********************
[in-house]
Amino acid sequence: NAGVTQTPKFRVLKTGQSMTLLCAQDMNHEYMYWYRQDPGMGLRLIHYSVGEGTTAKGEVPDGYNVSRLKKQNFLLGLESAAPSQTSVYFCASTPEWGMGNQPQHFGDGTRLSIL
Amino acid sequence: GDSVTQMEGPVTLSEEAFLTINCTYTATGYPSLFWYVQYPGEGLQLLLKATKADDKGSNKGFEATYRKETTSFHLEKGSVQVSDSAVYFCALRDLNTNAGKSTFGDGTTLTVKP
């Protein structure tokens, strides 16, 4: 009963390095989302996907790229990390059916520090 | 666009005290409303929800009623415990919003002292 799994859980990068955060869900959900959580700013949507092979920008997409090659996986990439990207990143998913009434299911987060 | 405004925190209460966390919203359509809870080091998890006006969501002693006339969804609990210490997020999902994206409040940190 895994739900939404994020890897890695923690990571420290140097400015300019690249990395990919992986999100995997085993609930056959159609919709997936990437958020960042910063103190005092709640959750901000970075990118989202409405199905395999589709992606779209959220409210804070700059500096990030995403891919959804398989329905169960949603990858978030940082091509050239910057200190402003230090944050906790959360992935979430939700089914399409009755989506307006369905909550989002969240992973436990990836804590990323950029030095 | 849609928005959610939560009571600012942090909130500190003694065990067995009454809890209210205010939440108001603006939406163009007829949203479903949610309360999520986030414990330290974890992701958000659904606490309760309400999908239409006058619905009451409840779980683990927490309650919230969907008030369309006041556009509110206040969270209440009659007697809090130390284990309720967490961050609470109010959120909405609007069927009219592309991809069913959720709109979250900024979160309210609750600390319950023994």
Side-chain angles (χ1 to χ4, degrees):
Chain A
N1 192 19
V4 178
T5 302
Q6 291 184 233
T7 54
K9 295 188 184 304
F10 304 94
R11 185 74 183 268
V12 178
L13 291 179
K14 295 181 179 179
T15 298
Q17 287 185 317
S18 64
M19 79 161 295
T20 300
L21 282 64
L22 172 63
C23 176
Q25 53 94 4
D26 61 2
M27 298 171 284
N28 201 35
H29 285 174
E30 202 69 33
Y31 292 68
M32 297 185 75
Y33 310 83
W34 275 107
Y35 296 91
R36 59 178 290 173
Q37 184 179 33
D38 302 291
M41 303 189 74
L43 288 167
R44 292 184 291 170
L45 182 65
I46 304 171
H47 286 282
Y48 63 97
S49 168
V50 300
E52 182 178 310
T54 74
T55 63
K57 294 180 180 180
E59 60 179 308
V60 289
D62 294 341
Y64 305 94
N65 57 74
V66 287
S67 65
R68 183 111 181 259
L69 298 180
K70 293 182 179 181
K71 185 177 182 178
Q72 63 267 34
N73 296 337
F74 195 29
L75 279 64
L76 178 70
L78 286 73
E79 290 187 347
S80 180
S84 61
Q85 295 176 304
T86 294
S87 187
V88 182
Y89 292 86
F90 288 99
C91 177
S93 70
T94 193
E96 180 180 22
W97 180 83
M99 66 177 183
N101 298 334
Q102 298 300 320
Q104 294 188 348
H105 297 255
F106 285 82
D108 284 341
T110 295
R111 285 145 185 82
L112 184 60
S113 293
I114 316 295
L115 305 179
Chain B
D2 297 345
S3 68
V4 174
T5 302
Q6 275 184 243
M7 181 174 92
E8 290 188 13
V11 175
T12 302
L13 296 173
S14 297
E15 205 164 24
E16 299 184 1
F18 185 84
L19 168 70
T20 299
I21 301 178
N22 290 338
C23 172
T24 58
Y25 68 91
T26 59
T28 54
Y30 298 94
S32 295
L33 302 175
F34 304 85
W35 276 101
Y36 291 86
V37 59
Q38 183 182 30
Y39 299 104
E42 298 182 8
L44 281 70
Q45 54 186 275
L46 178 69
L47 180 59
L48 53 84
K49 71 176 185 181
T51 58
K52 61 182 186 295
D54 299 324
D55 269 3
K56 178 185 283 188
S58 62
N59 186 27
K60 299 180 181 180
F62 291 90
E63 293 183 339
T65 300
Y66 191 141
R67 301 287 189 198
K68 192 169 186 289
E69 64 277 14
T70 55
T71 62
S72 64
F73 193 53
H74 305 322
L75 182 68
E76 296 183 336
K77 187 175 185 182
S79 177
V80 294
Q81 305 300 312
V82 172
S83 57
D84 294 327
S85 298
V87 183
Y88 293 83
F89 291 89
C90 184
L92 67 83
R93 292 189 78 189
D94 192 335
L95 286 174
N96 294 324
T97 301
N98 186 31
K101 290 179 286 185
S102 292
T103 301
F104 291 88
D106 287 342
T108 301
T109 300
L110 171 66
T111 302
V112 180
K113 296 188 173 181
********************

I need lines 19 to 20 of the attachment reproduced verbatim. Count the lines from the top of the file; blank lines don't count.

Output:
Q17 287 185 317
S18 64